I ask Frank to walk us through the story.
“I tricked him into coming to my house; I told him that we were having a party and that he would be welcome, because he was friends with some of my friends. He even knew my roommate very well. There were three of us involved.
“When we called him, we had music in the background and noise to make it sound like there was a real party. He showed up, and I said, ‘I’m so glad you made it. Listen, I have to talk to you about something.’ He walked in and we went into the bedroom.
“I started accusing of him of various things. A couple of them were true, and he defended himself for doing them, but when it came to the made-up accusations he, of course, said that he didn’t know what I was talking about.
“I told him that he better confess. He said, ‘Confess?’ I said, ‘Yes,’ and then I pulled out a shotgun and held it to him. We decided that we would hold him for ransom.”
This hadn’t been Frank’s initial foray into the dark world of abduction, he admits. But this time something went wrong.
“I had done this type of thing in the past, but those were well-planned; this one wasn’t well-planned at all. We had no ending to it; we didn’t even know who to ask for the ransom. I just didn’t like the guy and I acted off my instincts. The other times I had done it, there were plans in action right away. When we found out that we couldn’t get any money for him, we tortured him for hours.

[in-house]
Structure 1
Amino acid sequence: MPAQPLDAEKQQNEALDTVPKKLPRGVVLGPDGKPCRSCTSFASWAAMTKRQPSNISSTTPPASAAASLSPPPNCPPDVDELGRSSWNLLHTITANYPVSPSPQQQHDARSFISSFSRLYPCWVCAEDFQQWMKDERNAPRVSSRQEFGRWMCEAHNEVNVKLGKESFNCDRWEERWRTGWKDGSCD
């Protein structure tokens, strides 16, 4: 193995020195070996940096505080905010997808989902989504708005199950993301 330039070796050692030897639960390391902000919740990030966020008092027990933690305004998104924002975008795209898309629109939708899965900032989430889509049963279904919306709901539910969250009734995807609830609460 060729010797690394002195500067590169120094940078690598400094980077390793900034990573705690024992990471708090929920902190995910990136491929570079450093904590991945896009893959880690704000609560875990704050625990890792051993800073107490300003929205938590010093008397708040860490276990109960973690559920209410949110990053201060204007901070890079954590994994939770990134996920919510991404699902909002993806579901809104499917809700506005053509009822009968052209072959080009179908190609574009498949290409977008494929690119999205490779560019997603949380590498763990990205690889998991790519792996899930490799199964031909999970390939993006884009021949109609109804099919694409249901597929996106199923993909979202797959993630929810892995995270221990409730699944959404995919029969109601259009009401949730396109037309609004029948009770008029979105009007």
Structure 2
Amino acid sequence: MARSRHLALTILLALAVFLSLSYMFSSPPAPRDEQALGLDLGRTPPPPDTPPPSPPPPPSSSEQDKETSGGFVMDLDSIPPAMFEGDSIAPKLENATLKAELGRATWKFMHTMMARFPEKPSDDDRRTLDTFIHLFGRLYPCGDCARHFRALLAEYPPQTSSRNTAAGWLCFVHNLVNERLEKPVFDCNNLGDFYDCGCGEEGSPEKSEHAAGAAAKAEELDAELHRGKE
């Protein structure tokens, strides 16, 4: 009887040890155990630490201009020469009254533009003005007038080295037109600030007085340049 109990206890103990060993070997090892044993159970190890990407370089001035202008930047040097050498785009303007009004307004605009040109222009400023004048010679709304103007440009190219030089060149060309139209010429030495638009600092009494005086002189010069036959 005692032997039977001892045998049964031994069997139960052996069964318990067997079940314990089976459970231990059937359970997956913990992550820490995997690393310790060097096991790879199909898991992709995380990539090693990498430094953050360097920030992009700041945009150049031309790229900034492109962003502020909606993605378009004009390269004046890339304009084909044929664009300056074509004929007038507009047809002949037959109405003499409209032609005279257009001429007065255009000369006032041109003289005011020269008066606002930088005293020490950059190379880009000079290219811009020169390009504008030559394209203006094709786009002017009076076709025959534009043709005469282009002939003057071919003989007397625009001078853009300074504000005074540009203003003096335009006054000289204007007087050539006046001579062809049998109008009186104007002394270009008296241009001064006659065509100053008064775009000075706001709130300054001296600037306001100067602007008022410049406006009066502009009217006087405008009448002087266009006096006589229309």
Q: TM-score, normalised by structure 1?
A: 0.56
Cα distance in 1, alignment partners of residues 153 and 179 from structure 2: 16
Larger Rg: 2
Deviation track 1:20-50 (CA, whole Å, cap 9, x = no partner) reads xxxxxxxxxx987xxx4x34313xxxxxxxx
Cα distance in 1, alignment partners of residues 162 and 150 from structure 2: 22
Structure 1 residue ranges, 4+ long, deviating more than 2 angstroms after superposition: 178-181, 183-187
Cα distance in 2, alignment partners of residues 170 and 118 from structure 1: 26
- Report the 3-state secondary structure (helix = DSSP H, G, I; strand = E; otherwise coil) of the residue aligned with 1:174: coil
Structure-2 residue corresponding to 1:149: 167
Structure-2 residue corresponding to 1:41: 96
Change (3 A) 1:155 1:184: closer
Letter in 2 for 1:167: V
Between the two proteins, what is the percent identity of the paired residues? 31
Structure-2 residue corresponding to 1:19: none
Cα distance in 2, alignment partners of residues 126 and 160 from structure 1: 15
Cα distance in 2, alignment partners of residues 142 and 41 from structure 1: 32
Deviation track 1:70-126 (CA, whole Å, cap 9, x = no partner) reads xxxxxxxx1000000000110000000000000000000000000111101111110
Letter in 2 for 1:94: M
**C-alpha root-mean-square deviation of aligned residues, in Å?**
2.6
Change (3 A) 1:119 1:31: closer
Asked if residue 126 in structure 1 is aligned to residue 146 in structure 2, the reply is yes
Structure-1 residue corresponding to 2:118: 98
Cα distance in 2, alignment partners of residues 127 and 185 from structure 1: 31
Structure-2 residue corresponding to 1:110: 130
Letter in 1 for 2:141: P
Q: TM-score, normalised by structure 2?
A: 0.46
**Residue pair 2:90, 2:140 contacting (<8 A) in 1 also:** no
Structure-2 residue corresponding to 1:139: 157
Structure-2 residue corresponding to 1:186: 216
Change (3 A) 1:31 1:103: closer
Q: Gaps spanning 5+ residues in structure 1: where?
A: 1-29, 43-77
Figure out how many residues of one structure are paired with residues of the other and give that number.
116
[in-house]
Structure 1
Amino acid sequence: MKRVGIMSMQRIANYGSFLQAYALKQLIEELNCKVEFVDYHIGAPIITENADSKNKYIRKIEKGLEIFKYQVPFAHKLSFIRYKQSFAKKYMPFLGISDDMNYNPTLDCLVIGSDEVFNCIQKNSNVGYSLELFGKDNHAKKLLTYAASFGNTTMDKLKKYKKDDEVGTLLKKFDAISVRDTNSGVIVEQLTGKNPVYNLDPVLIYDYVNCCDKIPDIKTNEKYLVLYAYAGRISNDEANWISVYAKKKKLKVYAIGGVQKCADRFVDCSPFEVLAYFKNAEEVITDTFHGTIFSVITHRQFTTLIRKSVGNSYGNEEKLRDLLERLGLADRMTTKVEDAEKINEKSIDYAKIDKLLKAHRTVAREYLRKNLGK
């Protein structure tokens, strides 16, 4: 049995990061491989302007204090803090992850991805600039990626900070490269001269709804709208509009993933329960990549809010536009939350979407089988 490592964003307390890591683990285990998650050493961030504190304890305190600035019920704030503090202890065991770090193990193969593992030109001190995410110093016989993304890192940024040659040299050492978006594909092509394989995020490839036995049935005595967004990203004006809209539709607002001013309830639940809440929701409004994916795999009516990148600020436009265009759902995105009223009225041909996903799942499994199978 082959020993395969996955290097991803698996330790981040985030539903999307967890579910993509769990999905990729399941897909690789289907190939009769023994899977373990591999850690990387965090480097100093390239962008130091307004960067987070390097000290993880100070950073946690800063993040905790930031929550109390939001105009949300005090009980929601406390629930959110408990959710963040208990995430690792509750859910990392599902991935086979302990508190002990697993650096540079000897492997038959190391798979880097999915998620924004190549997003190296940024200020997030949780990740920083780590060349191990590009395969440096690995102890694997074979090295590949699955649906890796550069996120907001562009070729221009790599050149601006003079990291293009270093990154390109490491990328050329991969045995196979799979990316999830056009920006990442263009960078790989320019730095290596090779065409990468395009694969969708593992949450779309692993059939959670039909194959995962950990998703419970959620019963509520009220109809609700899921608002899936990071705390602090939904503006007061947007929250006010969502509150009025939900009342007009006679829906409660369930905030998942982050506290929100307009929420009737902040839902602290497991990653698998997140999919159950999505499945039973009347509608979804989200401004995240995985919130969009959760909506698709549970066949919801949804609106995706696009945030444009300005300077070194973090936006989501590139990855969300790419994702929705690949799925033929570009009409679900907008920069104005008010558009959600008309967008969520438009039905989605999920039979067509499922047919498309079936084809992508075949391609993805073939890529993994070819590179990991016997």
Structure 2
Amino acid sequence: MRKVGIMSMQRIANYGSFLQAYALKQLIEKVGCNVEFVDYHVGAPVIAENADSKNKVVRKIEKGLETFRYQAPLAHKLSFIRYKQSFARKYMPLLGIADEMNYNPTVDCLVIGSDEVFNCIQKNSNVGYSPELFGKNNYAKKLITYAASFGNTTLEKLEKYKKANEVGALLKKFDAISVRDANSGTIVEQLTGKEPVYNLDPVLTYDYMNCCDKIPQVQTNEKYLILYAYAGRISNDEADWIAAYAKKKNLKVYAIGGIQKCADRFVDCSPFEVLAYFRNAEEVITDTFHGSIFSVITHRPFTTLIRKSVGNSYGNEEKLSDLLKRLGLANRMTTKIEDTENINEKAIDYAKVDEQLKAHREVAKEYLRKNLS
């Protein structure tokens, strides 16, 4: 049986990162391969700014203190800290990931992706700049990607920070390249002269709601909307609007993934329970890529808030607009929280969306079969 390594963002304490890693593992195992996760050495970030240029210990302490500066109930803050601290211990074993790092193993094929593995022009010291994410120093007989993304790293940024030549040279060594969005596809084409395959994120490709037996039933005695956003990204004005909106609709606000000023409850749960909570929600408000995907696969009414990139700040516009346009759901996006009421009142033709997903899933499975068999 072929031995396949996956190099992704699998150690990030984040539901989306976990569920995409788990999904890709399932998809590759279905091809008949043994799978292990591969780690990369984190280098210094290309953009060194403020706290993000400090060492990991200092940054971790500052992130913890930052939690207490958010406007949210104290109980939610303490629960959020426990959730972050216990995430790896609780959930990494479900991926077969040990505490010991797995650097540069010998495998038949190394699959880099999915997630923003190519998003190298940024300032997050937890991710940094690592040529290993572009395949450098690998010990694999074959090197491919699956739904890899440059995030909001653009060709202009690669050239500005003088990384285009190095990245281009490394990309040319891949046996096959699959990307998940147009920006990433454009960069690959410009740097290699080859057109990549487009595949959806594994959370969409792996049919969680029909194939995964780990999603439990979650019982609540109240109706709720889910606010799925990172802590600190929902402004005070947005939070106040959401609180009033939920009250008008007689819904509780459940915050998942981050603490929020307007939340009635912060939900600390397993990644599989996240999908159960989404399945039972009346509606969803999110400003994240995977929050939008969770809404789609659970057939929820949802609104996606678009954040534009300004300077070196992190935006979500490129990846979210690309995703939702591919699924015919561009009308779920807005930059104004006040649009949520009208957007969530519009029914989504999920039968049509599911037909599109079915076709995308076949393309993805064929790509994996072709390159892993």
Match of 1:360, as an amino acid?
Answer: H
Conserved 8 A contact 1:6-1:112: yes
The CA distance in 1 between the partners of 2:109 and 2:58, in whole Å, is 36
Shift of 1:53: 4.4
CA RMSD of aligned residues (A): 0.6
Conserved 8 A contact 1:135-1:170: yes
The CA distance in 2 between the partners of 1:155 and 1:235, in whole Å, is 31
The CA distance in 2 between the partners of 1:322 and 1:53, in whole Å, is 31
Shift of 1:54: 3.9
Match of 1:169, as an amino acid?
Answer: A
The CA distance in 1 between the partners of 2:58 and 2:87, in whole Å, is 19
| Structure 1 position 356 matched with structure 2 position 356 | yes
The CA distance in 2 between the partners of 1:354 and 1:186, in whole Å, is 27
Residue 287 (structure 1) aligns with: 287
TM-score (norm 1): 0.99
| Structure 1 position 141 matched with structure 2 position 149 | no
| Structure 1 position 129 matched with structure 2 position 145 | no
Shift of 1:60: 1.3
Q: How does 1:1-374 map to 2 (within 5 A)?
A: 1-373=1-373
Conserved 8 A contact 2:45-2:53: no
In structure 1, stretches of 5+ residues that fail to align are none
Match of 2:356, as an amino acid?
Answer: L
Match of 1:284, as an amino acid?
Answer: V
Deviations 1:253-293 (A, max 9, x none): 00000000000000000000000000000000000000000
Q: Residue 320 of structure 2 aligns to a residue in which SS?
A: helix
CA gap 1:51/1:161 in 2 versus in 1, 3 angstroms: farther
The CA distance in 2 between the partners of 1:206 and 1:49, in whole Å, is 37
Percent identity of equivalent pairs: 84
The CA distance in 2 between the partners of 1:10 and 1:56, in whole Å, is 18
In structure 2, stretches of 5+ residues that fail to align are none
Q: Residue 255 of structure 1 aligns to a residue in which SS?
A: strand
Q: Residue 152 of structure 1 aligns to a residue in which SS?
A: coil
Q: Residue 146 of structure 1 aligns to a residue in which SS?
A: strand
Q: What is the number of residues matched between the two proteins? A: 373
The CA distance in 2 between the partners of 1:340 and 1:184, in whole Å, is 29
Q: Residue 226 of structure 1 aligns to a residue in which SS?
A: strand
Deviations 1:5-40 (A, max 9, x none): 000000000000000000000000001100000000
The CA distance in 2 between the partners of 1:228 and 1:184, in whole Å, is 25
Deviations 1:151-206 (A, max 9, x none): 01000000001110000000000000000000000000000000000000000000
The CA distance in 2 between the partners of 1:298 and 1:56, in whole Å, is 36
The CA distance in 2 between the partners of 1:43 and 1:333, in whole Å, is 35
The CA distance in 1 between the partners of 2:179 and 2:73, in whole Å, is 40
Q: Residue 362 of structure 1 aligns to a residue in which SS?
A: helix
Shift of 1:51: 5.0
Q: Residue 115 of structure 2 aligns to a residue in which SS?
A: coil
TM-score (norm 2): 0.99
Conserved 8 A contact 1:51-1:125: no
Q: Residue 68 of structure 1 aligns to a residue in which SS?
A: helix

“The next morning we decided to just let him go, but we told him that we want protection money so it doesn’t happen to him again.”
I made amends with Josh, and that’s what I do with anyone I’ve ever wronged in my life.
Josh went right to the police.
Frank didn’t know this at the time, but the fact that Josh came to his place willingly saved Frank from a 20-year prison sentence. Instead, he was handed down a far lighter, three-year term.